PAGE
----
In turn, the head of state admitted that he was familiar with the sentiments in the West about the political prisoners. “I am told that the West speaks about political prisoners. I say that there are no political prisoners in Belarus because political charges are not part of the Criminal Code and it is true. If you want to call them political prisoners, go right ahead. It is a routine thing now, with no special attention paid to the content. There is a uniform law for everyone. I didn’t consider them as political competition for myself and I don’t consider them as such now,” said Aliaksandr Lukashenka at a press conference on January 29. He expressed confidence that if the issue of political prisoners was solved, “the West would conjure up another one”. “They will slam me and maybe all my partisans up to the presidential election. And then they will have to see. Normalizing relations with the West at the expense of some prisoners is not the idea. The West has far-reaching policies. Thousands of people die in Ukraine. And what does the West do? So I know the West well,” said Lukashenka.
Thus, there was a situation with the international factor, which is regarded as the most powerful in influencing the fate of political prisoners, beginning to lose its power. This was due both to the tense geopolitical situation in the region and the new role of Aliaksandr Lukashenka as a mediator in the talks on Ukrainian issues, as well as with the inconsistent position of the European Union.
Political prisoners, criminal prosecution of civil society activists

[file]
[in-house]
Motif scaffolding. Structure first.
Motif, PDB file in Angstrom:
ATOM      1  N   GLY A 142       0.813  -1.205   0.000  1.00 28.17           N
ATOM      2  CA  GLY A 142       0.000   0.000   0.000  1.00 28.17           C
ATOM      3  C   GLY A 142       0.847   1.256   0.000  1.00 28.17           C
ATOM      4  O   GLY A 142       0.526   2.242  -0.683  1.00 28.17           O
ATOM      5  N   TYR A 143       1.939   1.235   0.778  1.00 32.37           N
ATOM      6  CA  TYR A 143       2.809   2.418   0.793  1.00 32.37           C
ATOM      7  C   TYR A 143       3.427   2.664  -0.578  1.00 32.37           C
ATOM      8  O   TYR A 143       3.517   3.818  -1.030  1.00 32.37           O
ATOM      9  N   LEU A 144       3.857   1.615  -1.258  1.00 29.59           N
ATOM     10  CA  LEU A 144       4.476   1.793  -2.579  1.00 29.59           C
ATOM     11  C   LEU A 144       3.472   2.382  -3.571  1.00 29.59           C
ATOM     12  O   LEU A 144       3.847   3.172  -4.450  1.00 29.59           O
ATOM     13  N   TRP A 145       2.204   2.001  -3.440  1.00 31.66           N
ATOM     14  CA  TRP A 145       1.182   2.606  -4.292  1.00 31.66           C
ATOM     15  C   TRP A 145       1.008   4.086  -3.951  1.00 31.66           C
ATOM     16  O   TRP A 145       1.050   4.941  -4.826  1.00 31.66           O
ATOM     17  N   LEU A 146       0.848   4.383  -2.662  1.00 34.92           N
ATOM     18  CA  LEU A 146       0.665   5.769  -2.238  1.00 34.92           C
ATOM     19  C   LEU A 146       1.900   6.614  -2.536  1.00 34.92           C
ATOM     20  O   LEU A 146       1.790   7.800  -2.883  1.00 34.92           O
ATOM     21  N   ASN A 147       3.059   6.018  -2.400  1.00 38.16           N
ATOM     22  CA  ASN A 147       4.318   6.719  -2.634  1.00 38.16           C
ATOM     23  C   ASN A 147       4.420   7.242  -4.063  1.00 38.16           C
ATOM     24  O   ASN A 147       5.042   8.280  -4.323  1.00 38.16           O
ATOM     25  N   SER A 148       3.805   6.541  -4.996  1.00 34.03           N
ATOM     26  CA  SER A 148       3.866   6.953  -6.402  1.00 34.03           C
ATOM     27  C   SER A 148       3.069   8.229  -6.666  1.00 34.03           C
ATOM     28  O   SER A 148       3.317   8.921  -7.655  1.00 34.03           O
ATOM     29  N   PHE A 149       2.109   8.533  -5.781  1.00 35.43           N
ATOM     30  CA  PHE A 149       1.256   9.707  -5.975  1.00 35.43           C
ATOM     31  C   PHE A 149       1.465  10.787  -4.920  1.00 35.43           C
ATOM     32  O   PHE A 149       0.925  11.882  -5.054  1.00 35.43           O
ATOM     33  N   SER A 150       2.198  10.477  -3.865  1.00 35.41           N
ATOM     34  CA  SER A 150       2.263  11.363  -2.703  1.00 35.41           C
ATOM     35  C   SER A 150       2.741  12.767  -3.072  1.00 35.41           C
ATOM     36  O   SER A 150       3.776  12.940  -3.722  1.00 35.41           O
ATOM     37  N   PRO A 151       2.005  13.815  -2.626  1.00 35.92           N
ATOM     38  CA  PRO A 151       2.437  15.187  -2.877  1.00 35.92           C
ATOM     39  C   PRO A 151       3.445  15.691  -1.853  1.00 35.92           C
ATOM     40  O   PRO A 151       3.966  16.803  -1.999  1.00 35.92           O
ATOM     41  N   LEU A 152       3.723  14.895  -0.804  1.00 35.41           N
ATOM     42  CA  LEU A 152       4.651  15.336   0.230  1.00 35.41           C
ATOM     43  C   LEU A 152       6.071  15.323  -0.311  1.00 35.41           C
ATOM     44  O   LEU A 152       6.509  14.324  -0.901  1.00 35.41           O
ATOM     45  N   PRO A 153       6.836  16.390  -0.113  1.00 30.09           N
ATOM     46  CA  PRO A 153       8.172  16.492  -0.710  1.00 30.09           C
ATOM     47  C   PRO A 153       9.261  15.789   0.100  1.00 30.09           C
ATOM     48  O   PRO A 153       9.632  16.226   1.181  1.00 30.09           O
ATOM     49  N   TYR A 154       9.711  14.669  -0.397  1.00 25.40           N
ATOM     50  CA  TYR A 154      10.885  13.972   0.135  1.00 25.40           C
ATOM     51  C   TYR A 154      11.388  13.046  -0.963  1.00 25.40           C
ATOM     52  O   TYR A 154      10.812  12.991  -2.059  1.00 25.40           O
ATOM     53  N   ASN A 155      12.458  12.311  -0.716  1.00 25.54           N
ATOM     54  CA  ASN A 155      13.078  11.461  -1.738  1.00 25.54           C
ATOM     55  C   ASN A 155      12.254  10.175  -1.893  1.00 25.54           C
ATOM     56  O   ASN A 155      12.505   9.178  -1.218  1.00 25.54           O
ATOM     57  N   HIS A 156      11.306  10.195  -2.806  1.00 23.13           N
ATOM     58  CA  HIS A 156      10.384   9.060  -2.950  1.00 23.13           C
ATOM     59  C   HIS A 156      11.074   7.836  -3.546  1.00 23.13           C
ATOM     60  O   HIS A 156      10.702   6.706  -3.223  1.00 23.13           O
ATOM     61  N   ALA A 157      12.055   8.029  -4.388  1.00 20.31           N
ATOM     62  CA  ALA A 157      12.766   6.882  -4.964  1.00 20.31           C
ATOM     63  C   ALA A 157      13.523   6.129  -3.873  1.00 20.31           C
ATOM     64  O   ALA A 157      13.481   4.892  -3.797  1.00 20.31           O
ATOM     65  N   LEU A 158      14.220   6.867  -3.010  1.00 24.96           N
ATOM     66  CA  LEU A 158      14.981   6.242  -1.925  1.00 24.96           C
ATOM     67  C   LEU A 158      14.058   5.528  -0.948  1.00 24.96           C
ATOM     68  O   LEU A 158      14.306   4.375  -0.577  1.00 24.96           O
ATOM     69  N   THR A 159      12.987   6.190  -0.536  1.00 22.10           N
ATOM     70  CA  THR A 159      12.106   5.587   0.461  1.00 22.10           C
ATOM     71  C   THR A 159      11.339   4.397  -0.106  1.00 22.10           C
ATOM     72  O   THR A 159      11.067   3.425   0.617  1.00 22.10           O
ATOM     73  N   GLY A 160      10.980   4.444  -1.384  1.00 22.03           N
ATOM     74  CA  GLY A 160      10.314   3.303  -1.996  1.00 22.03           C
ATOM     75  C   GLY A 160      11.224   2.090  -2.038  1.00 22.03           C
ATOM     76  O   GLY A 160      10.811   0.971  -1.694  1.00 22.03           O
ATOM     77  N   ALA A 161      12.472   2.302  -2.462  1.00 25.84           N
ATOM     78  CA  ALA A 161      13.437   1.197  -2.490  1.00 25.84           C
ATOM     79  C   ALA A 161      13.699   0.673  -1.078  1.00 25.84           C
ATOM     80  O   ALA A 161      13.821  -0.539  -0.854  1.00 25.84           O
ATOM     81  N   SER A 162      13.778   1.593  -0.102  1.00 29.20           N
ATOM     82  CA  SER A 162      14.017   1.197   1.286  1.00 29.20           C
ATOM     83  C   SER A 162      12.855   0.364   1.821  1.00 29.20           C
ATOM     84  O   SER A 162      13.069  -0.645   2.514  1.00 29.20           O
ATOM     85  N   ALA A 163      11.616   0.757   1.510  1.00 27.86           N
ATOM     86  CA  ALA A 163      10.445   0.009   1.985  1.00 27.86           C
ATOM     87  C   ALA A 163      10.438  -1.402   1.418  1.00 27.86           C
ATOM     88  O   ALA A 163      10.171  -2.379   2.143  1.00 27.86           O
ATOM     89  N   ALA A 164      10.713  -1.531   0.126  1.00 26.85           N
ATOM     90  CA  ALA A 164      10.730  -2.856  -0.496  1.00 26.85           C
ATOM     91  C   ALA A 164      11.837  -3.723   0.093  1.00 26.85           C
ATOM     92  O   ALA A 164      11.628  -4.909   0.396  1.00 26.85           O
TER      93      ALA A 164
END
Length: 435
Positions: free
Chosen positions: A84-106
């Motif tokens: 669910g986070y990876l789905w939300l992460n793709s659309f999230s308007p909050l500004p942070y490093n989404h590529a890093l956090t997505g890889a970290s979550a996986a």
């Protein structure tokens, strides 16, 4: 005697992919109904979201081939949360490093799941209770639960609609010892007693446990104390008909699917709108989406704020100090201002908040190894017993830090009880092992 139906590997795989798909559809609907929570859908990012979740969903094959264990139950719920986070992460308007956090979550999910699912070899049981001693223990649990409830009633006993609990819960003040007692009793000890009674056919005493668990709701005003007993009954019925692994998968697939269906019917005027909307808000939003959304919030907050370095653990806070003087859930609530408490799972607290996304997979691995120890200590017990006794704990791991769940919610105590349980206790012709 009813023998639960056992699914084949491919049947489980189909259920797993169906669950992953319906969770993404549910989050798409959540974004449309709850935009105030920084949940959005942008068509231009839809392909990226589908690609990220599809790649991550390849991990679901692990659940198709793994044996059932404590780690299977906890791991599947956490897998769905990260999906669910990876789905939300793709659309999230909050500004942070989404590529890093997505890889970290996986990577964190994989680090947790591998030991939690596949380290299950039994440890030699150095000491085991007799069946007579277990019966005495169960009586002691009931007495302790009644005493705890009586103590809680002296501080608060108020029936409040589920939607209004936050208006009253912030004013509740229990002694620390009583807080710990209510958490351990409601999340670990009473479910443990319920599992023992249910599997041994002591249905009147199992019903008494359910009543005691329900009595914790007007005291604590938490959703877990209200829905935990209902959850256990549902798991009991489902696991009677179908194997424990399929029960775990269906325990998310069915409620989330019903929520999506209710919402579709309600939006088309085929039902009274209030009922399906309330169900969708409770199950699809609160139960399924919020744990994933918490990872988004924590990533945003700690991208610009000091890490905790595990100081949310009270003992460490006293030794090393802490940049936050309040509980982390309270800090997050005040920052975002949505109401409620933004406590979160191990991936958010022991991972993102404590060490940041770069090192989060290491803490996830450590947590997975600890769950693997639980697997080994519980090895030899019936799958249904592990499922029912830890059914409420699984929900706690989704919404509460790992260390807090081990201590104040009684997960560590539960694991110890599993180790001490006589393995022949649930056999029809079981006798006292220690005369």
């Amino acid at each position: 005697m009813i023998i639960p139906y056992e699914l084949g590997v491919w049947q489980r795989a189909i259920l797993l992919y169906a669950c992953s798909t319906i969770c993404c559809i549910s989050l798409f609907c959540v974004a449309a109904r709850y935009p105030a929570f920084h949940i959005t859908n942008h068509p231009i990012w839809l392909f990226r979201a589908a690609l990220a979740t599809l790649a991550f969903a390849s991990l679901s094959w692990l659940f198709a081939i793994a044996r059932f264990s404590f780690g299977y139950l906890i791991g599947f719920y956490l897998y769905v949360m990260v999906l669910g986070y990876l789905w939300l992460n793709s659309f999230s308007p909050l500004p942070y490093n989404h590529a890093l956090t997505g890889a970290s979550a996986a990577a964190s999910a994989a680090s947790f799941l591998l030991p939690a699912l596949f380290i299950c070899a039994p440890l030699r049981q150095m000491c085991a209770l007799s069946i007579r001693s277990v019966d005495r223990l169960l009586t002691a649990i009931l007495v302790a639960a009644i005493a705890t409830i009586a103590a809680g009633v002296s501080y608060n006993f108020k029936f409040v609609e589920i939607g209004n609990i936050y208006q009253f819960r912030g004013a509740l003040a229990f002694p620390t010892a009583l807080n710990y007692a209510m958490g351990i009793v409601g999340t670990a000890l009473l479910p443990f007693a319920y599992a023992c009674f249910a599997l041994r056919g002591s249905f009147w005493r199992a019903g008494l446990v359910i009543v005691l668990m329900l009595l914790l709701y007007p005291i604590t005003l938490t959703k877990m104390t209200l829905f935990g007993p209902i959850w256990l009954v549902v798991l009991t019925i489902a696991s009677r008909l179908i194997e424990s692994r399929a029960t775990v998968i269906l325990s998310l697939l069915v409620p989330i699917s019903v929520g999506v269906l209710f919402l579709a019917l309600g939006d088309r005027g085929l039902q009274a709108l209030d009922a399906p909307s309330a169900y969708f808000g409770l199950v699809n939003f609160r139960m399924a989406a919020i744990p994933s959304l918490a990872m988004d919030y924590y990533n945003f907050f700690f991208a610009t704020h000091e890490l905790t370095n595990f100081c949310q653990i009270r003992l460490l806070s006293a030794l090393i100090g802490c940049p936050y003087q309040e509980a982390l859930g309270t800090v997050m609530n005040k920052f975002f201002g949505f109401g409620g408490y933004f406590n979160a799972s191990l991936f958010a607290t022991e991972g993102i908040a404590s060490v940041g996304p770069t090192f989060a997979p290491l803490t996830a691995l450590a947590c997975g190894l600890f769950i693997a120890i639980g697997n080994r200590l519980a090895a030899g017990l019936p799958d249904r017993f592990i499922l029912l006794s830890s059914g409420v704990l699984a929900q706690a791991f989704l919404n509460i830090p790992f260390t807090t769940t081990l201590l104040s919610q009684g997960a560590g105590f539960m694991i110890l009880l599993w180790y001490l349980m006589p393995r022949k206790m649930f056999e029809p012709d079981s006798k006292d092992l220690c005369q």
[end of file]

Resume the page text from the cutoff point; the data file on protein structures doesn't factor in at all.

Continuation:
On January 9, political prisoner Yury Rubtsou said that the administration of special settlement No. 7, where he is serving his sentence, was trying to harass him with the use of other convicts. According to Rubtsou, prison authorities increased pressure on the prisoners. In particular, they started to conduct personal searches more thoroughly and often closed the so-called “Lenin room” [a room for common activities, where there usually store tables, bookshelves, TV set, etc. – Ed.]. Yury also said that he was offered a job in Pruzhany as a driver, but the wage was so small that he did not agree to it. As previously stated by Yury Rubtsou, he wanted to earn not less than the national average – $600. The head of the special settlement registered this statement as a refusal to work at all, whereas Mr. Rubtsou insisted that he rejected only this particular proposal. On January 22, Yury Rubtsou announced an indefinite hunger strike demanding a job with an average salary, as well as the provision of daily airtime for the opposition on national TV channels. On January 24, the prisoner filed a statement about the hunger strike in the settlement administration, but it was in no way replied to or registered. On January 29, Assistant Prosecutor of Pruzhany district Khvalko arrived in the settlement to address Yury Rubtsou’s requirement. The official said that the political prisoner started the hunger strike because of pressure from the administration.